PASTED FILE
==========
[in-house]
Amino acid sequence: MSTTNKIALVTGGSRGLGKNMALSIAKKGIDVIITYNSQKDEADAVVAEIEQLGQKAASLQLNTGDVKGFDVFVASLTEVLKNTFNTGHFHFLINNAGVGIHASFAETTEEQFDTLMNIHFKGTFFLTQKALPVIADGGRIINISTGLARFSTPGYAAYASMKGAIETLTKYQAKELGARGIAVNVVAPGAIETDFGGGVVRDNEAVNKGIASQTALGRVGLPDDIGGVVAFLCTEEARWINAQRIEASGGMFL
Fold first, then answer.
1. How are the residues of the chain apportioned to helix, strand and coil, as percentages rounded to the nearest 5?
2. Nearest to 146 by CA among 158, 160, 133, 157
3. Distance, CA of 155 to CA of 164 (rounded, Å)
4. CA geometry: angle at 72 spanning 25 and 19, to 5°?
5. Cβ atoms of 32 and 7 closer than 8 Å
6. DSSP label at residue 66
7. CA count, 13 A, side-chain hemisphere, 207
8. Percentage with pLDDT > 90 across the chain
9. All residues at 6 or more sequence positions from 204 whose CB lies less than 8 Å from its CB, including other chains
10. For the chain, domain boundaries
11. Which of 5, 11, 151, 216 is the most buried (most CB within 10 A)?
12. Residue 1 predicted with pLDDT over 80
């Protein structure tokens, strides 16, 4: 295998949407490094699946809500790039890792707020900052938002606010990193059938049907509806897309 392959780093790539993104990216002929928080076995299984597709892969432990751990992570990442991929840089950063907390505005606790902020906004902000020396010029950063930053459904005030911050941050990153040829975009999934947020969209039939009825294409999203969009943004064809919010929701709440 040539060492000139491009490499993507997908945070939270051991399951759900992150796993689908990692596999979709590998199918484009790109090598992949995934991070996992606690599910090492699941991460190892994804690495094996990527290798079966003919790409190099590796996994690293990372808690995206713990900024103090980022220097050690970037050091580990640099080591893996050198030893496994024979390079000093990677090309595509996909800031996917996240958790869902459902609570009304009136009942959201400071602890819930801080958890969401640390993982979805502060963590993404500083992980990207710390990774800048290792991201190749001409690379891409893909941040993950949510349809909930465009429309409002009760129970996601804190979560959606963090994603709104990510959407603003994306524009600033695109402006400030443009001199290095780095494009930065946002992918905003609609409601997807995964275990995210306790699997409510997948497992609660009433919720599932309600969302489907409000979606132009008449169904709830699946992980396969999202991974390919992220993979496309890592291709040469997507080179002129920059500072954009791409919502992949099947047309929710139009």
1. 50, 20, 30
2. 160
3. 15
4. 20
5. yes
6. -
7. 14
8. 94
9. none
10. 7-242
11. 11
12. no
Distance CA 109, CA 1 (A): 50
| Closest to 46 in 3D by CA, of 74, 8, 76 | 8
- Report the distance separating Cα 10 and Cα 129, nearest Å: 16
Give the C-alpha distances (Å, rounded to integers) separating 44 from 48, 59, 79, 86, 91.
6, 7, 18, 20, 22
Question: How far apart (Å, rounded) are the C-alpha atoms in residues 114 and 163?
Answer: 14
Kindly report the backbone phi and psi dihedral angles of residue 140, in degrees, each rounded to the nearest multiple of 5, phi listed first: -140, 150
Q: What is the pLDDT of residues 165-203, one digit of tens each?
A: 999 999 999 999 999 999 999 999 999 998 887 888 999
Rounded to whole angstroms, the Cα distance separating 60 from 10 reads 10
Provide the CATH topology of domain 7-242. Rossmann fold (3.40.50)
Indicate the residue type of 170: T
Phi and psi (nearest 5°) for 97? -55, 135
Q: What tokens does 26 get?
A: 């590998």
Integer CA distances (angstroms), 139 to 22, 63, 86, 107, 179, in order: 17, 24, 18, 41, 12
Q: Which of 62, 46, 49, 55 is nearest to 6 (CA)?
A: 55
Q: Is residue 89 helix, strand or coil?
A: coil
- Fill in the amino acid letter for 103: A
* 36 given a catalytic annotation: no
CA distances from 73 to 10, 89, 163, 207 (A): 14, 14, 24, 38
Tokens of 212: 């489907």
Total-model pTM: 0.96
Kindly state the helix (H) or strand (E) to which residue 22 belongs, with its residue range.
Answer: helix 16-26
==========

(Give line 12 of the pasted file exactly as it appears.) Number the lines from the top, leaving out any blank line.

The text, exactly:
9. All residues at 6 or more sequence positions from 204 whose CB lies less than 8 Å from its CB, including other chains